Antihistamines combat our body's reaction to "allergens." An allergen is an ordinarily harmless substance which we breathe or eat and which the body recognizes as "foreign." The immune system responds to the allergen by producing antibodies to destroy it. If you are prone to allergies, a special type of antibody is produced called IgE which makes you sensitive to the allergen. Once formed, the IgE antibodies attach themselves to the surface of special cells called "mast cells." These cells line the nose and throat and the tissues surrounding the eyes. Each time you are exposed to an offending allergen, it may cause more IgE antibodies to be manufactured, increasing your likelihood of an allergic reaction.
Now about your runny nose: after the allergen combines with the IgE antibodies on the mast cells the cells become activated and release histamine. This chemical attaches to receptors for histamine on the surface of cells in your nose causing you to sneeze, develop a runny or itchy nose and eyes, and get congested.
Antihistamines have been developed by pharmaceutical companies to attach to the same receptors as histamine does. Thus, histamine can be released from the mast cell but fails to cause any allergy symptoms because its receptors are already occupied by the antihistamines.
The discovery of antihistamines about 50 years ago brought welcome relief to individuals suffering from allergies. These early antihistamines effectively blocked histamine but had unwanted side effects like drowsiness or feeling "out of it." In recent years, the pharmaceutical industry has created antihistamines which do not cause drowsiness. The so-called nonsedating prescription antihistamines have safely helped many millions of individuals relieve their allergy-related misery while remaining alert for activities such as driving a car, operating a machine or even studying for an exam.
Taking Nonsedating Antihistamines Safely
Since nonsedating antihistamines have been introduced to the market, rare heart complications and deaths have been seen in patients taking either terfenadine (Seldane) or astemizole (Hismanal) especially when used in conjunction with other medications. The side effects, irregular heart beats, are very rare. However, to be on the safe side, here are some suggestions to help reduce the likelihood of adverse reactions from occurring when taking these medications.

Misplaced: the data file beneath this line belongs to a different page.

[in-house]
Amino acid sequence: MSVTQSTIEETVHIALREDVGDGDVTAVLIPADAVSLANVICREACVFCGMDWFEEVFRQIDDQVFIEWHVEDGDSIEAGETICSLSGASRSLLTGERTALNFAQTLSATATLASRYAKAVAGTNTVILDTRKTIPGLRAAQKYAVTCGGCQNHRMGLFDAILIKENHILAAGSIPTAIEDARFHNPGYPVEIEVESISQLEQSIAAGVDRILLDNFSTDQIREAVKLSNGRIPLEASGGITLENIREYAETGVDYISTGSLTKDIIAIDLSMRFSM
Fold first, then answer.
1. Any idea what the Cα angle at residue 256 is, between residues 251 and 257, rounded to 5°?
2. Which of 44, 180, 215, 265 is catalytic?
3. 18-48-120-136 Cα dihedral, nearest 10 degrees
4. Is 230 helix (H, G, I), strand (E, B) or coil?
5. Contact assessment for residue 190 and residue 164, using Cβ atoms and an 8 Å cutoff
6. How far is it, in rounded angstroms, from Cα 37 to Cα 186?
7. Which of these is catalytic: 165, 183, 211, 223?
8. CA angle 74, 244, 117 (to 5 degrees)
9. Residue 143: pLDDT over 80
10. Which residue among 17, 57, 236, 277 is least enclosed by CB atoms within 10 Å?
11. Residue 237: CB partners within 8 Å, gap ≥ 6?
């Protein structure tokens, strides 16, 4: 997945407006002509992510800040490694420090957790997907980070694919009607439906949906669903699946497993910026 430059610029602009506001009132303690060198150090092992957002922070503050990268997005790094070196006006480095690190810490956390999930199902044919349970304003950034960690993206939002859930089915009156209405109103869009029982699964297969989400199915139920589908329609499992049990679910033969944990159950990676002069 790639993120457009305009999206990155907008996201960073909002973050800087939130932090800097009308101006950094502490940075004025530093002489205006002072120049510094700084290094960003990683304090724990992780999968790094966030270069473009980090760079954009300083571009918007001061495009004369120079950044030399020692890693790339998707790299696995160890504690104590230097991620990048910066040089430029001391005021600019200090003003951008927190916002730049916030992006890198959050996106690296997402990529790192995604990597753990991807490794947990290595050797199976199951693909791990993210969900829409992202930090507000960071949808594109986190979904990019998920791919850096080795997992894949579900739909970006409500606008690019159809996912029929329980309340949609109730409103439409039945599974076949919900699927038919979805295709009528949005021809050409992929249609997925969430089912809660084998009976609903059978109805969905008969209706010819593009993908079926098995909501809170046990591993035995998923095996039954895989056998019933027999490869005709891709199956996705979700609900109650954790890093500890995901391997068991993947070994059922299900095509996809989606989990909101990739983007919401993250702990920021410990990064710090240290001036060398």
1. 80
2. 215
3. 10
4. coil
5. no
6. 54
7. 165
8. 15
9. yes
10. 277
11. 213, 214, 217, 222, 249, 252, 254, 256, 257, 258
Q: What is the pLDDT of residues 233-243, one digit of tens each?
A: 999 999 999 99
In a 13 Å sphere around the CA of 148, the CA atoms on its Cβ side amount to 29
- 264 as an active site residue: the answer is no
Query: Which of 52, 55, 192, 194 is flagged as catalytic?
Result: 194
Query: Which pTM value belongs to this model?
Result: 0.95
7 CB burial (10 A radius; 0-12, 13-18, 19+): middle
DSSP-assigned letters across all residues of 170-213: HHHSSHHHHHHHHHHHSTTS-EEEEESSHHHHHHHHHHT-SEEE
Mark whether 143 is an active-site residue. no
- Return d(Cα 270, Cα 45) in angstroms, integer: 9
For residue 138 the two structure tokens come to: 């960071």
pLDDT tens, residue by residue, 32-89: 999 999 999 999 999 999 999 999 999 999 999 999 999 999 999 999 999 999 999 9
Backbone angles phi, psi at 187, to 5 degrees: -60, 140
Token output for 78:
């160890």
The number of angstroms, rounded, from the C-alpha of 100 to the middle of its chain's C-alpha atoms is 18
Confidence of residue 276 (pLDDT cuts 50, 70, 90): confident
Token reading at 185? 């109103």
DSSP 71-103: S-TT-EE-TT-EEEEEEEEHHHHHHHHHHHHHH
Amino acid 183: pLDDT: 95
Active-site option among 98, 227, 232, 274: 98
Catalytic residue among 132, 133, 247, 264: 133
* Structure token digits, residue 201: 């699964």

- Always tell your physician and pharmacist about any medications that you are currently taking. Erythromycin, ketoconazole (Nizoral) and itraconazole (Sporanox) can interact with nonsedating antihistamines and increase their risk of causing cardiac side effects.
- Ask your physician and pharmacist for the medication package inserts for you to read.
Allergies & Aspirin Sensitivity
How many times have you heard the saying, "Take two aspirins and call me in the morning."? But wait, aspirin is not for everyone. Some individuals with asthma may be sensitive to aspirin. In fact 10 percent of children and adults with asthma have an allergy to aspirin and other anti-inflammatories such as ibuprofen. In these patients, ingestion of aspirin can cause severe asthma attacks that are difficult to control. Therefore most asthma specialists recommend that people with asthma avoid aspirin and medications containing aspirin. Acetaminophen (Tylenol, Datril, etc.) should be substituted instead.
If you are aspirin intolerant:
- Avoid aspirin-containing medications.
- If you have accidently taken aspirin and develop symptoms, seek medical attention immediately.
- Wear a Medic-Alert bracelet marked "aspirin intolerance."
Allergy Treatment: Immunotherapy (Allergy Shots)
Immunotherapy, also known as hyposensitization shots or allergy shots, has been part of medical practice since 1911. Immunotherapy is one of the tools allergists use to treat allergies. Small amounts of allergens (allergy producing substances) are introduced to the body through injections over a period of time. You cannot be vaccinated all at once like you can for tetanus. Instead, you will require increasing doses of the allergen to teach your body's immune system a protective response versus an allergic response. If you were to receive the top immunizing dose, you would be at risk of having a severe allergic reaction.
How Does Immunotherapy Work?
Immunotherapy works by changing the way your immune system recognizes an allergen. At the onset of your injections, your body sees the allergen as harmful; after you have been hyposensitized your body should not respond in this way. Allergy injections build your resistance to things that cause allergic symptoms, so the next time you are exposed they will give you less trouble. Immunotherapy is not a "quick fix." Injections need to be given on a regular schedule. The change in your immune system is not from injection to injection, but, a gradual change that can only be recognized after continued, long-term treatment.
Who Is Immunotherapy Indicated For?